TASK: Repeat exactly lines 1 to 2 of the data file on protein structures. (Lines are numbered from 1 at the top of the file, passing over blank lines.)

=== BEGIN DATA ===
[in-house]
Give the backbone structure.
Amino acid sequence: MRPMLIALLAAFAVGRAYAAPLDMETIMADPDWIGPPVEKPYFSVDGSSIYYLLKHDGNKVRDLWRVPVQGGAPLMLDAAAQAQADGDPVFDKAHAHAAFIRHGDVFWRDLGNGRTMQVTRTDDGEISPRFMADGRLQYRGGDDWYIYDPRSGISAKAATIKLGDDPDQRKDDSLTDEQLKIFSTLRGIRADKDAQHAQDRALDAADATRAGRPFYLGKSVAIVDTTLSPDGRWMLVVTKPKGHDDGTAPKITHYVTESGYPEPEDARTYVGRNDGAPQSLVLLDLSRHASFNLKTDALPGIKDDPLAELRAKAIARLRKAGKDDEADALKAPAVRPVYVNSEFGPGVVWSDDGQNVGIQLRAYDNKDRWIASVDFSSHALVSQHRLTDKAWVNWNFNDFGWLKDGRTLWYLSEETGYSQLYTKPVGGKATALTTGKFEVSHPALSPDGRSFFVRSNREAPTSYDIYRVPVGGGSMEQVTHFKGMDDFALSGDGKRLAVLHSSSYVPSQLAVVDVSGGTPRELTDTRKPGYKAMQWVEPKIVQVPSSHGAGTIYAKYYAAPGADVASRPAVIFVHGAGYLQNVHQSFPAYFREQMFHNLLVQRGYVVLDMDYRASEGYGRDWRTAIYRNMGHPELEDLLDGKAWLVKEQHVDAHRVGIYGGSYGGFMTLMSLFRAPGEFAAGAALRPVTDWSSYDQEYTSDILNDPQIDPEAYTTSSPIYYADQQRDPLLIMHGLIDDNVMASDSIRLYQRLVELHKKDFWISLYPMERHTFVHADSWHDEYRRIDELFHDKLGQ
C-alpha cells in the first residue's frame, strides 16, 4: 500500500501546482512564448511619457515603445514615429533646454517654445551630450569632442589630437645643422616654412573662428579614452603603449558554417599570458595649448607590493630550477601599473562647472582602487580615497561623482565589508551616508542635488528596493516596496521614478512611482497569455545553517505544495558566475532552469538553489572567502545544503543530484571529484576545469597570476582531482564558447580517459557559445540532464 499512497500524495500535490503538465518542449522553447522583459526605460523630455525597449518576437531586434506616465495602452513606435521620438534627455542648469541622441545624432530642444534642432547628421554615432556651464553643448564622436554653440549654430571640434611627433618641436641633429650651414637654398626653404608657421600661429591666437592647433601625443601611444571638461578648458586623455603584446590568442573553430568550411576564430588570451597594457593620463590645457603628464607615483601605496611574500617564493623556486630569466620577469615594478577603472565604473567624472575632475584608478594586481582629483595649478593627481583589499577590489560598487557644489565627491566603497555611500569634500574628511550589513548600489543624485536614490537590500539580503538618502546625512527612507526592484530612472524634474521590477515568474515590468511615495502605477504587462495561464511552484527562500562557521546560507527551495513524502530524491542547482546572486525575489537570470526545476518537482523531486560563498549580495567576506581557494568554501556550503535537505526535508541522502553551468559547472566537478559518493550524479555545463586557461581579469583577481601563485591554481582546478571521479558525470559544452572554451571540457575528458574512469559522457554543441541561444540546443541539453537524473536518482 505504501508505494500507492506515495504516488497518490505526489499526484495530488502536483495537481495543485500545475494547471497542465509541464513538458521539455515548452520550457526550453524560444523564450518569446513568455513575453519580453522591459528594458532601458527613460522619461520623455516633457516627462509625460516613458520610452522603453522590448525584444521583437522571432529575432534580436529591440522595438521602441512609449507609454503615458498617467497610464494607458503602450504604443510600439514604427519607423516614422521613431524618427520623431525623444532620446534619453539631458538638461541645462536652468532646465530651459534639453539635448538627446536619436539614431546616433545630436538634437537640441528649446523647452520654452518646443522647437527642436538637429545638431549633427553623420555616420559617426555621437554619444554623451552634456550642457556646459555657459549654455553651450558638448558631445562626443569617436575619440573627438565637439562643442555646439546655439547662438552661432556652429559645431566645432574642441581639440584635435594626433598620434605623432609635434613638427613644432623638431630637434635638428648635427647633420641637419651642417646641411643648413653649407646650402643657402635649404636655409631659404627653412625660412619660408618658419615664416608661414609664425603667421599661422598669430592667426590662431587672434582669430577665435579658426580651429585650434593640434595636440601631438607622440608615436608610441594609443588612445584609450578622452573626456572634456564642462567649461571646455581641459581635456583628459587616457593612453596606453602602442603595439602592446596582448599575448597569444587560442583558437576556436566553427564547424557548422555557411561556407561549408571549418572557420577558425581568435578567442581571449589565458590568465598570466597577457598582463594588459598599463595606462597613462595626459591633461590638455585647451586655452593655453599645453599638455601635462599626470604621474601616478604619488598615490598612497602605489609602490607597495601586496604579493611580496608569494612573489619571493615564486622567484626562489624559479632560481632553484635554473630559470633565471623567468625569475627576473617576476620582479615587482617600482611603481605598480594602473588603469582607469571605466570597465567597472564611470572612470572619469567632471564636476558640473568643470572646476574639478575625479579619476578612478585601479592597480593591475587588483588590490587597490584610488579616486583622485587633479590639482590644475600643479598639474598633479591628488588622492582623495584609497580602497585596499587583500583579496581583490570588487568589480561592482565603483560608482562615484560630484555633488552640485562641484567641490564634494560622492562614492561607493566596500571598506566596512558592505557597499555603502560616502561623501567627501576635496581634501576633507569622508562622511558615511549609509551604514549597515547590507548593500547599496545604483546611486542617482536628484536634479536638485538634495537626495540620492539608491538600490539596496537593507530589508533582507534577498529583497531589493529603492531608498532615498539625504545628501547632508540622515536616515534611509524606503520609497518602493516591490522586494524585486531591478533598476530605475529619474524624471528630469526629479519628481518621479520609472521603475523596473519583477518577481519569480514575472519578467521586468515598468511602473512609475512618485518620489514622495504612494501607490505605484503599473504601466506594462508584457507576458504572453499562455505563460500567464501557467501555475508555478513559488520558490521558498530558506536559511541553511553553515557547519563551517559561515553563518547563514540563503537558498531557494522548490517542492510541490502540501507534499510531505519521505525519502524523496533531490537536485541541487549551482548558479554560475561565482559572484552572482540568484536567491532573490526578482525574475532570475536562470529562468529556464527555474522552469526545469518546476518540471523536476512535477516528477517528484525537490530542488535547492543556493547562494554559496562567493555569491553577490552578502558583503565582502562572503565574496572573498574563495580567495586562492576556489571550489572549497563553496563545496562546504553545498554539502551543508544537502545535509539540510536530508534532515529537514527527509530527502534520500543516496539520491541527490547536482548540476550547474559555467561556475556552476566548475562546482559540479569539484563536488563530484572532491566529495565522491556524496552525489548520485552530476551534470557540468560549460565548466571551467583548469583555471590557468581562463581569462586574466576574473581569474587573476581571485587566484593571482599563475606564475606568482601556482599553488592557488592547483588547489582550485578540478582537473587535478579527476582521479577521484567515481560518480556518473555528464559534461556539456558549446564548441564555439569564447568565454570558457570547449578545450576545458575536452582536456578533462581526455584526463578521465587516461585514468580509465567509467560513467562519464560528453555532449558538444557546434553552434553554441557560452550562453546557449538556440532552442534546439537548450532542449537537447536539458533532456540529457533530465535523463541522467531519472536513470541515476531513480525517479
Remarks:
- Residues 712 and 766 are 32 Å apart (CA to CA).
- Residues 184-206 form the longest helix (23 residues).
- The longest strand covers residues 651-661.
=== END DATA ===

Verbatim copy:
[in-house]
Give the backbone structure.